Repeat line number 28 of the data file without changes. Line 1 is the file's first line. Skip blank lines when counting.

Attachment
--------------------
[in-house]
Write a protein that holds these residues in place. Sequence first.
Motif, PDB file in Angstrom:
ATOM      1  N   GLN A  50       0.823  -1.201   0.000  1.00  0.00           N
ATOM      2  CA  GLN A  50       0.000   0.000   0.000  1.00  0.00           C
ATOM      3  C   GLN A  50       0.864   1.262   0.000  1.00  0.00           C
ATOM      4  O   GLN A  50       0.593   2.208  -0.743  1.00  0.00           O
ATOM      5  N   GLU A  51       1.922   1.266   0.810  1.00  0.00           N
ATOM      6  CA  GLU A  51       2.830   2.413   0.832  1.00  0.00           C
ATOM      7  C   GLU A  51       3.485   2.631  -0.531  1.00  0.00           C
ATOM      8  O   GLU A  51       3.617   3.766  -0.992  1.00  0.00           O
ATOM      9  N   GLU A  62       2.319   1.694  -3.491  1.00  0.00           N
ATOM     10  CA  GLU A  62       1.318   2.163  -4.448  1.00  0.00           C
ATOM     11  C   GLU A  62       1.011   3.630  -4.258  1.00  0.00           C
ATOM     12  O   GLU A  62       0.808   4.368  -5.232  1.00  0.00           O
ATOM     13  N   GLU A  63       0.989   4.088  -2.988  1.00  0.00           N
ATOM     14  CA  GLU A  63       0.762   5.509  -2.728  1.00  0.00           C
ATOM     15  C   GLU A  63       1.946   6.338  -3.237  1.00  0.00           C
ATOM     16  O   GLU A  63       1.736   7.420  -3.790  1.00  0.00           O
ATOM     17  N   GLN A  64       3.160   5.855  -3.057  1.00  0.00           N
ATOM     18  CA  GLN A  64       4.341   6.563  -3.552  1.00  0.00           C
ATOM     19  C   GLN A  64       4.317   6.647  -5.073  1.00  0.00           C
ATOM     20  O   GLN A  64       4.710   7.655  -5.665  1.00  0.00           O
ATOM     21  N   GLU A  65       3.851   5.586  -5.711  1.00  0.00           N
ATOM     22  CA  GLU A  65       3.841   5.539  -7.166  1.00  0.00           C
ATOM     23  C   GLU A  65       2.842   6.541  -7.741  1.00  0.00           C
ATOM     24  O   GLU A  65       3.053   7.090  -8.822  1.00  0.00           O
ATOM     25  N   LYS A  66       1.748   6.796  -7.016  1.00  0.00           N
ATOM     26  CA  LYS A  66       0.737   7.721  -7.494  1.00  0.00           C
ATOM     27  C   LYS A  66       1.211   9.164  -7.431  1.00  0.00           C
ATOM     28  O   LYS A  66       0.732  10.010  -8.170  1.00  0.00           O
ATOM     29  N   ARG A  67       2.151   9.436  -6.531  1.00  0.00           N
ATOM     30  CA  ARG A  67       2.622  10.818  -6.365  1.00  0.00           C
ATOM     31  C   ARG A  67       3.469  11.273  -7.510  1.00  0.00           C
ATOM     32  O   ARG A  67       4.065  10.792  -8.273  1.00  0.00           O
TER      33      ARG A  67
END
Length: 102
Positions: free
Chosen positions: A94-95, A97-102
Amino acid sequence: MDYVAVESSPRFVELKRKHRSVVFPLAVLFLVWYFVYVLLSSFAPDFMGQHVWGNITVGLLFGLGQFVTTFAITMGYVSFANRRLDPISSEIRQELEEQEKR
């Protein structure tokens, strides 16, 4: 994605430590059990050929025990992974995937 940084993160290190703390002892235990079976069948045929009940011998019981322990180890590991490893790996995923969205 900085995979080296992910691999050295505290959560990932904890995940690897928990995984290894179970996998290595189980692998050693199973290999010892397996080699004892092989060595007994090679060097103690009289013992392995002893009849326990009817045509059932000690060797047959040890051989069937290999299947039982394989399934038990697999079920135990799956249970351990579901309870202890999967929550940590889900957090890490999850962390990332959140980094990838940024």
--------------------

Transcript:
ATOM     25  N   LYS A  66       1.748   6.796  -7.016  1.00  0.00           N